He attended the Sandhurst and was commissioned into the Royal Warwickshire Regiment as a lieutenant on 10 May 1882.
Kiggell left the Staff College in 1894, and for the next three years served as instructor at Sandhurst. Kigg, as he was commonly called, spent most of his duty thereafter in staff assignments. He saw action during the Boer War and in 1913/14 was commandant of the Staff College; he was promoted major general in 1914. His military ideas were exceedingly orthodox and plodding, but in an army where wealth and connection dominated, Kiggell had no choice as a man of only modest means but to work his way up in the staff in lieu of choice field commands.
Kigg served at the War Office during the first year of the Great War, and, in November 1915, was appointed assistant to the chief of the Imperial General Staff. The next month, however, his good friend Sir Douglas Haig, the new British commander in chief, brought Kiggell over to France as chief of the General Staff. It was a curious appointment since Kiggell had no experience in modern large-scale warfare since August 1914, having spent the early war years in England. Unfortunately, Kiggell and his staff proved to be not only generally mediocre but also highly subservient to Haig. It is perhaps ironic that in July 1916, in a fatal moment of independence, Kigg persuaded Haig to abandon small group attacks at the Somme in favor of assaults in successive waves, which were mercilessly cut down by enemy machine-gun fire.
Kiggell was serenely optimistic as late as August 1917 that the Germans could be displaced from the Belgian coast, and he pushed Haig to maintain the offensive during the Third Battle of Ypres to the point of canceling a planned tank offensive in the direction of Cambrai with General Julian Byng's Third Army for fear that this would divert forces and equipment from the vital Ypres sector. Despite flooded battlefields, heavy downpours, fields of mud, and the utter exhaustion of the British troops, Kiggell throughout October 1917 forced the drive on Passchendaele to continue. The slaughter of the campaigns of 1917 (400,000 British casualties alone at Ypres) resulted in pressure to remove Kiggell as chief of the General Staff in France; indeed, Kigg broke down owing to "nervous exhaustion" after visiting the Passchendaele front late in 1917 (after the fighting had ended). Early in 1918 he was sent to Guernsey as lieutenant governor and military head. Haig incredibly lamented his departure: "I am very loth to part with Kigg's help and sound advice." Kiggell was promoted lieutenant general in 1917; he died at Felixstowe on February 23, 1954. Generals Sir Henry Rawlinson and Sir Hubert Gough concurred that Kigg was well below standard as a staff chief.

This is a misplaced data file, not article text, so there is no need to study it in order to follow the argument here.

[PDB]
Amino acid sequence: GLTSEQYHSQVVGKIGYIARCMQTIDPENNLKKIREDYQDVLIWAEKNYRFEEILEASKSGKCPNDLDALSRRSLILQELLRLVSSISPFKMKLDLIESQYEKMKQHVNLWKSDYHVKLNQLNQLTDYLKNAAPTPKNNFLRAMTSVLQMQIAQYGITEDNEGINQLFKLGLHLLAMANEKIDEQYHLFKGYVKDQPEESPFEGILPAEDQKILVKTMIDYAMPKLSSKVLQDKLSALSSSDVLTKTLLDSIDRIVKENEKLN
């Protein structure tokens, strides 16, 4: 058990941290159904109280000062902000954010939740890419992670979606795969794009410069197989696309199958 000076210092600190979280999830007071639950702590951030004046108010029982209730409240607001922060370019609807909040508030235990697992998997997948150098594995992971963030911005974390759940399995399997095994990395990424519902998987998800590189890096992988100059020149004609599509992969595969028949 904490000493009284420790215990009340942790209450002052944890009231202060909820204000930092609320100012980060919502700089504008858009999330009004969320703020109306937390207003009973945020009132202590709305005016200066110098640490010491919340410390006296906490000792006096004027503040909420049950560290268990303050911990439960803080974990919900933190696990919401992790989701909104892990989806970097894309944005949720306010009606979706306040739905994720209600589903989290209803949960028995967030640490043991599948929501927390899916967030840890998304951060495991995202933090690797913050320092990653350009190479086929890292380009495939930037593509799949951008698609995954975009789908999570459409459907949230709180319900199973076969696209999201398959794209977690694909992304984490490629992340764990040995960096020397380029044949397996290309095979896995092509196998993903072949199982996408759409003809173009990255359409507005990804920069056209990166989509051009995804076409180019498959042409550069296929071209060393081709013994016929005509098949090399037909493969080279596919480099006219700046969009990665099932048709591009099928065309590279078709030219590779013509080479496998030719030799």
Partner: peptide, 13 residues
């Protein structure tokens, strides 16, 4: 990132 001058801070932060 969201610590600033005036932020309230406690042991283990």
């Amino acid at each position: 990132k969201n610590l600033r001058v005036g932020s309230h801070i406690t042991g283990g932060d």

Kiggell had married Eleanor Rose Field, daughter of a colonel, on 10 March 1888. They had three sons, born in 1890, 1894 and 1903. His wife died in 1948.